Using Zebrafish to Spark Student Interest in Science
A science outreach program uses classroom microscopes and zebrafish to excite and engage students.
Reaching over 155,000 students in thirteen global locations, the BioEYES science education program is impacting students world-wide. Microscopy is at the core of the BioEYES program and students in the Philadelphia, USA area delight in using a ZEISS Stemi 305 stereo microscope to visualize zebrafish embryos and larvae.
Creating the BioEYES STEM Outreach Program
20 years ago, Dr. Steven Farber, a zebrafish scientist and researcher at the Carnegie Institution for Science, Baltimore, USA, saw how exciting zebrafish were to children when he brought live specimens from his laboratory to his son’s classroom. Together with Dr. Jamie Shuda, an experienced educator, they co-founded BioEYES, a science education program for primary school through high school which provides classroom-based learning opportunities through the use of live zebrafish.
BioEYES has four levels from elementary through high school. All levels emphasize microscope use and scientific thinking, but the elementary grades focus more on comparing fish and human development while the upper grades focus quite a bit on Mendelian genetics, embryonic development, and the importance of model organisms to scientific research.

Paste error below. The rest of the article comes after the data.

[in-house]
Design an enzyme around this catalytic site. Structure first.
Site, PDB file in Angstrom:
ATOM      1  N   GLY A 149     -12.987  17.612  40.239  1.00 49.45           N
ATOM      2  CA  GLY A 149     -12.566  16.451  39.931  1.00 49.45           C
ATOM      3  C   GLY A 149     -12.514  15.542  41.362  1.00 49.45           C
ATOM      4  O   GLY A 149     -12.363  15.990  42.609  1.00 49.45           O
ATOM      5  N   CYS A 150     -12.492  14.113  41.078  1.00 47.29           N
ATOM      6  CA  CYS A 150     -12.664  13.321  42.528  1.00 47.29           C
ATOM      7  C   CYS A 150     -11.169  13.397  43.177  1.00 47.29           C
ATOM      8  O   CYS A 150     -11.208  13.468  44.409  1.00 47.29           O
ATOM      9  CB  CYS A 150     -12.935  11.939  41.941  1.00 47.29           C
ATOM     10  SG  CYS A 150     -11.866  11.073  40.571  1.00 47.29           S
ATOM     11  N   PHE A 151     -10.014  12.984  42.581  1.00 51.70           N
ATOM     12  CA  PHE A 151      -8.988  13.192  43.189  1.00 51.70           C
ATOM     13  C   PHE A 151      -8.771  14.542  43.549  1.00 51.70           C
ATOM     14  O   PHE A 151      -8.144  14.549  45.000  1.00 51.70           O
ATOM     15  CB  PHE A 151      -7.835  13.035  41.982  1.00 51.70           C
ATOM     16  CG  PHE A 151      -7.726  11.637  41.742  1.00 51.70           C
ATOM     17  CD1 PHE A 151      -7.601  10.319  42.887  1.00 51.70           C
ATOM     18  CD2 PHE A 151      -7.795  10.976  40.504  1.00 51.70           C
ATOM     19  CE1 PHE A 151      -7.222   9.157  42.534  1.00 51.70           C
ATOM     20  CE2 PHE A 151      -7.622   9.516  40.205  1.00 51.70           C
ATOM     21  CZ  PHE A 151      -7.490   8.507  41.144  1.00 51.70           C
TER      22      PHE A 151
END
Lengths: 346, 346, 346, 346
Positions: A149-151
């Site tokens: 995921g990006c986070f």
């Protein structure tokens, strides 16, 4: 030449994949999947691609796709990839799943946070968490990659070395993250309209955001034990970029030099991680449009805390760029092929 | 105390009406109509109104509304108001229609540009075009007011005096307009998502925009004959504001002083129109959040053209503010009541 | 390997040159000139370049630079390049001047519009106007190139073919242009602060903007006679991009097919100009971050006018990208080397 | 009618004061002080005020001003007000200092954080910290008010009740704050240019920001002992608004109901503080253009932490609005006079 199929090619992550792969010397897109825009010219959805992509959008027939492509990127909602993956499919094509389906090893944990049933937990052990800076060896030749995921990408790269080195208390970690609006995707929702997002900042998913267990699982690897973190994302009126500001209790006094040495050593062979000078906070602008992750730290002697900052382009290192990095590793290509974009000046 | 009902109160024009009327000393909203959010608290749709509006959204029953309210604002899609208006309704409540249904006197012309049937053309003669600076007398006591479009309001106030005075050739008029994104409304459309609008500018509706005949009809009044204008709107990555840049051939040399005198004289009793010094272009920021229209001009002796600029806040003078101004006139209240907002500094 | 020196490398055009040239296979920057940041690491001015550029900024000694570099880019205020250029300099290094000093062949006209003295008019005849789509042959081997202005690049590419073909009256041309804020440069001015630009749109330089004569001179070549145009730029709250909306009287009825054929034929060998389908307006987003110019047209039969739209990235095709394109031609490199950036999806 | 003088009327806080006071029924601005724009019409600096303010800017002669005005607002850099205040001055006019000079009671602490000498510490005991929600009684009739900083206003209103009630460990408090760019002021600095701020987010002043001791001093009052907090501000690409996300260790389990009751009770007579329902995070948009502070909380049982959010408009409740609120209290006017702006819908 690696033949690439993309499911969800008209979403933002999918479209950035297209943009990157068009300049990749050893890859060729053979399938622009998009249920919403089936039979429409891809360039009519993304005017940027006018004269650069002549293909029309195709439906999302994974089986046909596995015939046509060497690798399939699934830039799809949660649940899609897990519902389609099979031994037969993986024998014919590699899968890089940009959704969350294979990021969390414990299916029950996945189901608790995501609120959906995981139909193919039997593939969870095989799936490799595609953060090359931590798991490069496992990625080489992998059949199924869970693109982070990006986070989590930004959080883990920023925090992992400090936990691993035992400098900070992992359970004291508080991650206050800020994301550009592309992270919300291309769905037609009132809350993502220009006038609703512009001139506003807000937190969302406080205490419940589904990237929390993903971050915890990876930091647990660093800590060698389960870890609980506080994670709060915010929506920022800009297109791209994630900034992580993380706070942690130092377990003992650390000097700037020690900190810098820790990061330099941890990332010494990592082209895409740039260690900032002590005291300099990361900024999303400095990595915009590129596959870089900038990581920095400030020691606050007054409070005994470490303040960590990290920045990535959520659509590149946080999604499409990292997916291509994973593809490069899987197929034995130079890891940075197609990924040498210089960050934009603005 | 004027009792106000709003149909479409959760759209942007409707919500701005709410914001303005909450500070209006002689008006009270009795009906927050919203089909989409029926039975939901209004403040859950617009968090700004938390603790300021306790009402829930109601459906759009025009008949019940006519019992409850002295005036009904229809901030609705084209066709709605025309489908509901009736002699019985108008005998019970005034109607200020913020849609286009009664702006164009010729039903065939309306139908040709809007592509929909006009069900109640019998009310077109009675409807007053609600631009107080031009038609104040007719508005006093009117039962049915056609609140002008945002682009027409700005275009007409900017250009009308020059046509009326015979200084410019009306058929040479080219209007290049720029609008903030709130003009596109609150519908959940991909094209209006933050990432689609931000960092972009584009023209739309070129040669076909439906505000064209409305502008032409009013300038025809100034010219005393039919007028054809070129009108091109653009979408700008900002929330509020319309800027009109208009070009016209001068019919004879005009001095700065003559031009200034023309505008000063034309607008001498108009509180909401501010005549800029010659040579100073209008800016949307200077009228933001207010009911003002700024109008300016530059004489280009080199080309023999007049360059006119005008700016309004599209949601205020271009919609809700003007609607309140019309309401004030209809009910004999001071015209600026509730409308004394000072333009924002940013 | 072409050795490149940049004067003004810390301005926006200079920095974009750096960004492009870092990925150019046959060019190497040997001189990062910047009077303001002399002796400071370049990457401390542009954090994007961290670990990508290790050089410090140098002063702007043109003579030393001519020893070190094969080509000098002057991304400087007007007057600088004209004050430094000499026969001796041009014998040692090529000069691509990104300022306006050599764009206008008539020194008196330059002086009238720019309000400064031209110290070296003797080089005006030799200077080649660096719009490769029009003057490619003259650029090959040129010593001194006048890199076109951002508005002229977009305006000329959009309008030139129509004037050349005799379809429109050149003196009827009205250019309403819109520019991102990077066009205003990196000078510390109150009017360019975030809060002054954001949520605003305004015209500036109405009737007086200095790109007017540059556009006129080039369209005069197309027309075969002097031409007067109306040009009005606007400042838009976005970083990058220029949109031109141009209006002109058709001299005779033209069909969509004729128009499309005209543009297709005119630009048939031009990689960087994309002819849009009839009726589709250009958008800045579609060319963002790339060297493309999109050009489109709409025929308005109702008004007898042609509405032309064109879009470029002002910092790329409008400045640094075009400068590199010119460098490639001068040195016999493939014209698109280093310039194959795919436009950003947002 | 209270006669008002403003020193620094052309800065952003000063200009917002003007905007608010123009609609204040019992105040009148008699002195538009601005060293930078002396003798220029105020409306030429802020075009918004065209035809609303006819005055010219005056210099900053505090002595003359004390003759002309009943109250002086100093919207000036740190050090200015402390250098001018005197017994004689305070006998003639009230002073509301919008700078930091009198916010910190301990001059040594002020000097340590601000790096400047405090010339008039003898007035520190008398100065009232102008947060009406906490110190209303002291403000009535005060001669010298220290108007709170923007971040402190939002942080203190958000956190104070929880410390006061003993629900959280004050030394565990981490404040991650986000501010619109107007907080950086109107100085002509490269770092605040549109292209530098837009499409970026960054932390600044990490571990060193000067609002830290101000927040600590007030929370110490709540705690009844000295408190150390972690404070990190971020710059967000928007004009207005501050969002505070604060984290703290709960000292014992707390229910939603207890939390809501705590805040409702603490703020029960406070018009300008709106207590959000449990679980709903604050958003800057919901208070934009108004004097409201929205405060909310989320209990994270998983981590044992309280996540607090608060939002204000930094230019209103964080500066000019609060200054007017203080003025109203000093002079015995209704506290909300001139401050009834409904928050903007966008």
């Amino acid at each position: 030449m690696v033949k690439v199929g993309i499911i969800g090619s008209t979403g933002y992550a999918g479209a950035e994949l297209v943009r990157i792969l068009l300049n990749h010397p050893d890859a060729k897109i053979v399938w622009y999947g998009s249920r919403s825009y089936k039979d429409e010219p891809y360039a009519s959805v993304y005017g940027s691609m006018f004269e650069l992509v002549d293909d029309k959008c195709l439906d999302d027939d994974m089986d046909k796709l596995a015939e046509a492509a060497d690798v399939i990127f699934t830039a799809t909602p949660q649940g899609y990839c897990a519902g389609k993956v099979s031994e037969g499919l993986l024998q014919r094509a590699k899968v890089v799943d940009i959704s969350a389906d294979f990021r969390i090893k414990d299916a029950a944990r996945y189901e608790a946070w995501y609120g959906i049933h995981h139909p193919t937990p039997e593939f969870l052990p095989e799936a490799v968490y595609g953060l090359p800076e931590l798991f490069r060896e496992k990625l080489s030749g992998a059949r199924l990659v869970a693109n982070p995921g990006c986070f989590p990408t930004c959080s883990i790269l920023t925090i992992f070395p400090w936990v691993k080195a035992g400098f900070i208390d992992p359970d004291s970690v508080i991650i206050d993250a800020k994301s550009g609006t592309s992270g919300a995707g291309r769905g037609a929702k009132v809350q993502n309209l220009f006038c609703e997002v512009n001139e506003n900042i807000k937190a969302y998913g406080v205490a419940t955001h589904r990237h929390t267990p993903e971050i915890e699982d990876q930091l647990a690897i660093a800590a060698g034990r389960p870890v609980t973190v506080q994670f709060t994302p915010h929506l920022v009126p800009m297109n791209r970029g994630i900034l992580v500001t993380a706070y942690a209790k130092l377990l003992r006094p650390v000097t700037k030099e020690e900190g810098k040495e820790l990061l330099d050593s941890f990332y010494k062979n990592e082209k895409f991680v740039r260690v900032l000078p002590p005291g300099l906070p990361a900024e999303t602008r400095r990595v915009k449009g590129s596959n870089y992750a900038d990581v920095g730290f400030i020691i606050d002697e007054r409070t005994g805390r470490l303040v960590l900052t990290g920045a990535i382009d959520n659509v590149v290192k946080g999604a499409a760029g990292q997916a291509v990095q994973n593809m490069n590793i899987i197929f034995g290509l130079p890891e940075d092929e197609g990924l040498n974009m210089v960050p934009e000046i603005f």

In addition, BioEYES has an optional 2nd week-long lab for the upper grades. “Fish Dynamics” was designed to focus on graphing skills as well as experimental design. Students raise zebrafish embryos at three different temperatures to see how temperature affects their development.
Microscopy is at the core of the BioEYES program. The microscopes are often the favorite part of the experience, as reported in student feedback!
What Students See Through the Microscope
As zebrafish embryos are transparent, students can see an incredible amount of detail.
Zebrafish Embryos, 10-12 hours post-fertilization
Embryos visualized with darkfield stereo microscopy.
Zebrafish Embryos, 48 hours post-fertilization
Wildtype and albino embryos can be distinguished using brightfield stereo microscopy.
This larva displays the characteristic dominant trait of dark pigmentation visualized with brightfield stereo microscopy.